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Last Updated: Tuesday, 28 June, 2005, 17:05 GMT 18:05 UK
AMD sues Intel for monopoly abuse
An Intel employee shows off one of the firm's latest processors
Intel's computer chips are used in the majority of personal computers
Giant computer chipmaker Intel is being sued by Advanced Micro Devices (AMD) for anti-competitive practices.

The lawsuit covers x86 microprocessors, used to run PC operating systems, including Microsoft Windows, Solaris and Linux systems.

AMD said its lawsuit alleges that Intel has coerced customers away from dealing with AMD, and is based on evidence obtained from 38 companies.

Intel has declined to comment on the lawsuit filed by AMD.

AMD filed its case in a federal court in the US state of Delaware on Monday.

Market dominance

"Everywhere in the world, customers deserve freedom of choice and the benefits of innovation, and these are being stolen away in the microprocessor," said AMD president and chief executive Hector Ruiz.

We are trying to bust open Intel's chokehold over the computer companies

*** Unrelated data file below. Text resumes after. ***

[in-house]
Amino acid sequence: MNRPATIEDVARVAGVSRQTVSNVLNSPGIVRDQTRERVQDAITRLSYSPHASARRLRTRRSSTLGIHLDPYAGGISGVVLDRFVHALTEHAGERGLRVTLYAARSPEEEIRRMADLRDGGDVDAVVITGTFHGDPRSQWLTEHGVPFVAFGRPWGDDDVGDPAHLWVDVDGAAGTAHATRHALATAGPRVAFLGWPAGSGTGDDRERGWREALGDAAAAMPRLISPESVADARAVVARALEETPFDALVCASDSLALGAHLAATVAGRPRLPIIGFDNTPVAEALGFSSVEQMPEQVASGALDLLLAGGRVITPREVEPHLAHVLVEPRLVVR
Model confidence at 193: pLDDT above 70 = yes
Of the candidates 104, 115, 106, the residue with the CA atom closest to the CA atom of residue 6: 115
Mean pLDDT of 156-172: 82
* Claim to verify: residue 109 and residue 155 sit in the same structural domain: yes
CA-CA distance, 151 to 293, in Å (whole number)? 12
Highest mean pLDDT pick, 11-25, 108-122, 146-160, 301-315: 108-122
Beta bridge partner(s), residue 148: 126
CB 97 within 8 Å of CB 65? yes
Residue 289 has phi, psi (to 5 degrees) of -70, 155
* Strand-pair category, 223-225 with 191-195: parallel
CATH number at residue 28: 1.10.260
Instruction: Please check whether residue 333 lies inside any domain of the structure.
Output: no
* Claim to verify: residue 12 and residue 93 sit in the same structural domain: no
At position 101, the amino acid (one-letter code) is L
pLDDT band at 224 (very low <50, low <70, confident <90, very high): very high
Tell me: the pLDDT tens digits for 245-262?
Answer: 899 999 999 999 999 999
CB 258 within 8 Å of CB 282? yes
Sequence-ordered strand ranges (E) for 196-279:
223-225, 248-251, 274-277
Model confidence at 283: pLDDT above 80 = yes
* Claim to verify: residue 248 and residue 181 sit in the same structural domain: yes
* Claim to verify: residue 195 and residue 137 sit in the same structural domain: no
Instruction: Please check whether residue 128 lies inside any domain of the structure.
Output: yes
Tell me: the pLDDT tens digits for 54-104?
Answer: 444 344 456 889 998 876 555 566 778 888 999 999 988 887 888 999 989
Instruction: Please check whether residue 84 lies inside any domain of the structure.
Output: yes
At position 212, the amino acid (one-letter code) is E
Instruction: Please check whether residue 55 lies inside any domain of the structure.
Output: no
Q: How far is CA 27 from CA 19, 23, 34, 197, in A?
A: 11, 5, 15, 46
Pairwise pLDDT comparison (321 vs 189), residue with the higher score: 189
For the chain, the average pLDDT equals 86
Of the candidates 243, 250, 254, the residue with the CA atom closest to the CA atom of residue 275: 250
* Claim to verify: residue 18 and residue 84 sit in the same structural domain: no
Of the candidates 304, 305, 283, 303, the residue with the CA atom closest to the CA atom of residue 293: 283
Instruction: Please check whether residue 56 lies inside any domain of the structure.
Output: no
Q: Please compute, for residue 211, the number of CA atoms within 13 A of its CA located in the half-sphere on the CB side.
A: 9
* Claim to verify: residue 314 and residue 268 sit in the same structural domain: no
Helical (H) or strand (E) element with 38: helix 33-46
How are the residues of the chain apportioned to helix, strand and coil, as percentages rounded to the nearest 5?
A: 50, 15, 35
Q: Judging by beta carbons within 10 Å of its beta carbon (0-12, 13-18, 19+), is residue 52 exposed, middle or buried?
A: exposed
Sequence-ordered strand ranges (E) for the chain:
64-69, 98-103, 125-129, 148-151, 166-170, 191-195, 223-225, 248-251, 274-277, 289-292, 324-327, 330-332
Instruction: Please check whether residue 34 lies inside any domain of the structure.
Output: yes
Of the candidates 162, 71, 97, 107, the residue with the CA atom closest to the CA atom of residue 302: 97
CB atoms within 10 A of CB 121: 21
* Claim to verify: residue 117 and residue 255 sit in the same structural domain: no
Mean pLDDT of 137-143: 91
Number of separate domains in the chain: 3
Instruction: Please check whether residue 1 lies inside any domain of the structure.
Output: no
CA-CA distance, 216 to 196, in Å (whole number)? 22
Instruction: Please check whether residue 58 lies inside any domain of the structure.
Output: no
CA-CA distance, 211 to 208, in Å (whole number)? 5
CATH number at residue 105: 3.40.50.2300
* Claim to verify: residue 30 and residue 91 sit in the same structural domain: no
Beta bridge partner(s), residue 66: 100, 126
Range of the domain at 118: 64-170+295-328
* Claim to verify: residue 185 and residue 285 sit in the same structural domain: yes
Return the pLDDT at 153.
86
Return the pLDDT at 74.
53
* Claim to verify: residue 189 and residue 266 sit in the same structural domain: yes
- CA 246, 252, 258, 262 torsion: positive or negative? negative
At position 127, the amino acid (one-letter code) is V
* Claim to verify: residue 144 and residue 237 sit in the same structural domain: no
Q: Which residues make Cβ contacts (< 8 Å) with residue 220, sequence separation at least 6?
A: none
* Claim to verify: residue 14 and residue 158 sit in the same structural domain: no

AMD's lawyer Charles Diamond

Intel dominates global sales of x86 microprocessors with 80% of sales by volume and 90% by revenue, according to AMD.

A report on first quarter 2005 microprocessor sales by independent research firm Mercury found Intel had 82% of the PC processor market and AMD had 17%, with VIA and Transmeta mopping up the rest, The Register website reported.

AMD alleges that Intel has used its position to force major customers, such as NEC, Acer and Fujitsu, into exclusive deals or to cap customer purchases of AMD chips.

Its lawsuit quotes then-Compaq chief executive Michael Capellas saying that Intel once withheld delivery of certain chips as punishment for the level of Compaq's business with AMD.

"Saying 'he had a gun to his head', Mr Capellas told AMD he had to stop buying," AMD's statement said.

In another example, AMD quotes Gateway executives who said Intel had "beaten them into 'guacamole'" in retaliation for doing business with AMD.

"We are trying to bust open Intel's chokehold over the computer companies and get the right to compete freely and fairly for every processor they buy," said Charles Diamond, attorney for AMD.

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